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2007 Florida Keys Mission
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Mission Log Sept. 16, 2009

Clare Wagstaff, Teacher At Sea

A cryptic scorpion fish (likely Scorpaena plumieri) posed for our cameras only briefly before it swam away. (Photo by Mike Henley)
We are well into the cruise now, with 133 dives logged and 36 different coral reef sites around the Florida Keys surveyed. As the days go by and each of the teams continue to collect more dives under their belts, as expected there is some fatigue starting to set in. So on a rotation basis, the divers are taking rest days to catch-up on sleep, emails and the oh-so-important, data entry.

As the non-diver on the trip, I perhaps have a different perspective on the research and diving. On varying days I have snorkeled above the each of the three different teams while they work below me. This gives me a very interesting perspective on how each group works. Some are extremely entertaining and their personalities are still obvious 30 ft underwater!

How many Caribbean Reef Squid (Sepioteuthis sepioidea) are really in this image? The answer is two - this photo was taken at nightnear the surface of the water and each squid has a reflected image. (Photo by Mike Henley)
Today, we are approximately 10 miles north of Key Largo, in the northern most reefs of the Florida Keys National Marine Sanctuary, at Carysfort reef. I am with Lauri MacLaughlin, Lonny Anderson, and Sarah Fangman and I’m not prepared for the natural beauty that springs out at me as boat draws up to the site. Visibly clear below the boat is what looks like a forest of Elkhorn coral (Acropora palmata). The area is shallow and fantastic to snorkel in. Within seconds I am observing moray eels, lobsters and so many species of fish that I lose count very quickly. The Acropora palmata have created a microhabitat that supports this massive variety of wildlife. It was truly fantastic and it really hits home how important this research we are doing really is.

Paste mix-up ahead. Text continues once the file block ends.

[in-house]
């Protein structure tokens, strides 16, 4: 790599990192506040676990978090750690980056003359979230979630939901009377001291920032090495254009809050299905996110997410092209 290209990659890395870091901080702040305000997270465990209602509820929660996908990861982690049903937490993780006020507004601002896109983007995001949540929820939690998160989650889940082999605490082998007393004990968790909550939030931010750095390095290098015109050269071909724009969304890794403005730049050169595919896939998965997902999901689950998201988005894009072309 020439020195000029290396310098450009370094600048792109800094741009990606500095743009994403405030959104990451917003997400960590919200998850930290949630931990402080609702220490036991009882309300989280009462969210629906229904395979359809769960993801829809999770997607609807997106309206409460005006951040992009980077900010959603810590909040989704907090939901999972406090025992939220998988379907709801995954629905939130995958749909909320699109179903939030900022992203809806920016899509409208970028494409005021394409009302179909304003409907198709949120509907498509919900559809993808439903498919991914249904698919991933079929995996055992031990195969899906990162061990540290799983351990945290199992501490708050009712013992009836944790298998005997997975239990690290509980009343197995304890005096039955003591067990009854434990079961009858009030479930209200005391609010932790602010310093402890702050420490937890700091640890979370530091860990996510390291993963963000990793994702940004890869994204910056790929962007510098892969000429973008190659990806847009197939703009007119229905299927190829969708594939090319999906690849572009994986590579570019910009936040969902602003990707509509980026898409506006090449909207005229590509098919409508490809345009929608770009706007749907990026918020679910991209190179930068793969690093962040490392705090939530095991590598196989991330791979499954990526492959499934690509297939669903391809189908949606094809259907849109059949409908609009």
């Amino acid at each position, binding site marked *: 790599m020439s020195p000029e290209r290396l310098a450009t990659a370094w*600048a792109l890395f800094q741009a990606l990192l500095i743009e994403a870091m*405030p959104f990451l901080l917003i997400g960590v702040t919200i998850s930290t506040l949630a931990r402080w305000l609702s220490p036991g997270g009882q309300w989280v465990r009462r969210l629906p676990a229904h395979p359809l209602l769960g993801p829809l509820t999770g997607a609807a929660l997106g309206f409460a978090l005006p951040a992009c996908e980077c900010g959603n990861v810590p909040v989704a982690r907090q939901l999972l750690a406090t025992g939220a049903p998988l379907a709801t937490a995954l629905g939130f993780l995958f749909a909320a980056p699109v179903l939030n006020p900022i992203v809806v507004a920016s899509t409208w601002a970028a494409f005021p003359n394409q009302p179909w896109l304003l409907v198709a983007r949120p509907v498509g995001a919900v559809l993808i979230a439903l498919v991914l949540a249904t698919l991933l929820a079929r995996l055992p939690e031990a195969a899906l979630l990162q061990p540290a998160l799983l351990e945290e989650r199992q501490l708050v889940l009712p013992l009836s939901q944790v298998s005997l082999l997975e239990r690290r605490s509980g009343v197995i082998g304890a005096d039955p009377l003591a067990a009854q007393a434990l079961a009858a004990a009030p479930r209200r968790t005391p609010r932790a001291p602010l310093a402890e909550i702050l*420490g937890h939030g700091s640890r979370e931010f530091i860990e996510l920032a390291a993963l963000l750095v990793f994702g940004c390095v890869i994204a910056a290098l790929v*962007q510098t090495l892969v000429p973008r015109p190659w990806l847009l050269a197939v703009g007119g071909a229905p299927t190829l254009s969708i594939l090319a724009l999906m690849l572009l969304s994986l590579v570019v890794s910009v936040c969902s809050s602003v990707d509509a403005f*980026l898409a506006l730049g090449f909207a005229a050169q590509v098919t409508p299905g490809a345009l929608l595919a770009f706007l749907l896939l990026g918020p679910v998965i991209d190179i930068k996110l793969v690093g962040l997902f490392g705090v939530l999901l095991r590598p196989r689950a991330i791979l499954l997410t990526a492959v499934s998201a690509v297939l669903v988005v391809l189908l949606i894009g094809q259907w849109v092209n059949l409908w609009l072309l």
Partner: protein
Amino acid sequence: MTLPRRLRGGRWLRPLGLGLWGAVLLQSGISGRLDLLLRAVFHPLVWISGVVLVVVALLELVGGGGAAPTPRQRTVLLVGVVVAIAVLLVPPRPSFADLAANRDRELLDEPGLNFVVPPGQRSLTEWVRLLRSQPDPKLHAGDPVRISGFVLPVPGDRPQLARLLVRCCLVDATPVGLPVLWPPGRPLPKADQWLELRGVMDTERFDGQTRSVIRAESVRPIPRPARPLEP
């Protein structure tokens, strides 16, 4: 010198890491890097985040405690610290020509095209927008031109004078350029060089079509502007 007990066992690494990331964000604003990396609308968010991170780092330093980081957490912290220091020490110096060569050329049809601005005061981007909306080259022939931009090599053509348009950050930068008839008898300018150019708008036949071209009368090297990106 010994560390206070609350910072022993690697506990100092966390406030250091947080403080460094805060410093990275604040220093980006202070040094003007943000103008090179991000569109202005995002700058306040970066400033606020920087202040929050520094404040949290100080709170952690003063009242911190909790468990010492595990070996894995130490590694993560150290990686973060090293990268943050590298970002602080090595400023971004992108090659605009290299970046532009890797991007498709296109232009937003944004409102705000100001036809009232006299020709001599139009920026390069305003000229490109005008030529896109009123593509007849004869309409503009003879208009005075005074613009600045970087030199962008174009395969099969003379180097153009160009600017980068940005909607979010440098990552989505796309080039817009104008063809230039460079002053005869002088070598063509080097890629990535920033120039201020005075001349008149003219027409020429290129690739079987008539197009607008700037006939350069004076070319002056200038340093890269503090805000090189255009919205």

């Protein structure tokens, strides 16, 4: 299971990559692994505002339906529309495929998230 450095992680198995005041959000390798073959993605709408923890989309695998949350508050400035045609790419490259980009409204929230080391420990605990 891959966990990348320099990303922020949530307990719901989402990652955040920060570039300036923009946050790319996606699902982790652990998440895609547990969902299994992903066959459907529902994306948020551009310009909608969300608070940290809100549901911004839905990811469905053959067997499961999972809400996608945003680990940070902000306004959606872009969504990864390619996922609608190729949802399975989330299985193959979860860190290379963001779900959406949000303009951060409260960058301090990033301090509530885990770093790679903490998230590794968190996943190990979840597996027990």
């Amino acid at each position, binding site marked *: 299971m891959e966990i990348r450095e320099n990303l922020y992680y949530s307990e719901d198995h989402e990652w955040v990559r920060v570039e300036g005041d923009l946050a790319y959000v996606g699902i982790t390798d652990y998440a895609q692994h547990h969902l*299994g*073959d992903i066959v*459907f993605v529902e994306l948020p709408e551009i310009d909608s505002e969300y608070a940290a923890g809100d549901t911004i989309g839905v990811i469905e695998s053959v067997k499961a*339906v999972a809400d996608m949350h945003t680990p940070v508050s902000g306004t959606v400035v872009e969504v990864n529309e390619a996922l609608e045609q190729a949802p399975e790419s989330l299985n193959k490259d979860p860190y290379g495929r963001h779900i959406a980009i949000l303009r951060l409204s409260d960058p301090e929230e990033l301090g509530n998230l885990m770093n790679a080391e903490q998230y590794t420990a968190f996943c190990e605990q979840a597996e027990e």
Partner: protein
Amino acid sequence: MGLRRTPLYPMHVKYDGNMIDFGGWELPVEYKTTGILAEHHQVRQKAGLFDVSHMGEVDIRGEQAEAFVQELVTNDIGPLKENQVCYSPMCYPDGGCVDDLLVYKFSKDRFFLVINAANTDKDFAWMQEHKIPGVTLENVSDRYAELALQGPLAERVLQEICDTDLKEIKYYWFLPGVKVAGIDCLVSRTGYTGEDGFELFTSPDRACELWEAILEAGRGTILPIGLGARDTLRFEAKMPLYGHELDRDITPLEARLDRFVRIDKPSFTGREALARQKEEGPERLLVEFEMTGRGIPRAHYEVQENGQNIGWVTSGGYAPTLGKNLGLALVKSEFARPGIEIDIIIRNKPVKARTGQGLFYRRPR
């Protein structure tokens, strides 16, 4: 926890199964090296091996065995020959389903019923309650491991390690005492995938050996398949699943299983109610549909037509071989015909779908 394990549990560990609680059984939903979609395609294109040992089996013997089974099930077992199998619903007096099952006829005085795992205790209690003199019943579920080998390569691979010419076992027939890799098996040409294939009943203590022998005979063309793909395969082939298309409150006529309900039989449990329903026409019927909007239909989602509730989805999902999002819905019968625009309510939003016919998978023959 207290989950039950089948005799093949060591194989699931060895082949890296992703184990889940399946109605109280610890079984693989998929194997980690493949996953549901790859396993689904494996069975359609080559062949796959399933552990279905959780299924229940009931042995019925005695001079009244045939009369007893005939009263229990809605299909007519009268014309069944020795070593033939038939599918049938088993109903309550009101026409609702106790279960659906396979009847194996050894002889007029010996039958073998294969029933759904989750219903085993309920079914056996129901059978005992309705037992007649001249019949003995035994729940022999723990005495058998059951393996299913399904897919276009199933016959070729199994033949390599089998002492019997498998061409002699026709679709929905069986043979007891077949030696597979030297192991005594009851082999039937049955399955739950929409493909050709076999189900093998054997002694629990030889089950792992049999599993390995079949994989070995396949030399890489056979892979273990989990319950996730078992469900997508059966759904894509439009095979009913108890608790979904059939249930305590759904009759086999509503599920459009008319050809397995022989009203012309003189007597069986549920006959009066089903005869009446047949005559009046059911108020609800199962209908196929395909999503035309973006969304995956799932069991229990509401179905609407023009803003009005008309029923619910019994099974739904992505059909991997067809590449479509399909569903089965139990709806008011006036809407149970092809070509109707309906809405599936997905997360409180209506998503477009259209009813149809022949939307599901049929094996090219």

With another successful series of dives done for the day, the team relaxes on the bow of the ship to watch a beautiful sunset. As we do, three dolphins ride the bow wake created by the ship. As they breach the water they entertain us for the next 20 minutes as we cheer and clap at their acrobatics.

As the final few days are approaching, I am starting to feel a sense of disappointment that the trip it is coming to an end. This group of scientists have inspired me, opened my eyes and allowed me into their coral geek group – one I won’t ever leave! Thank you, all.

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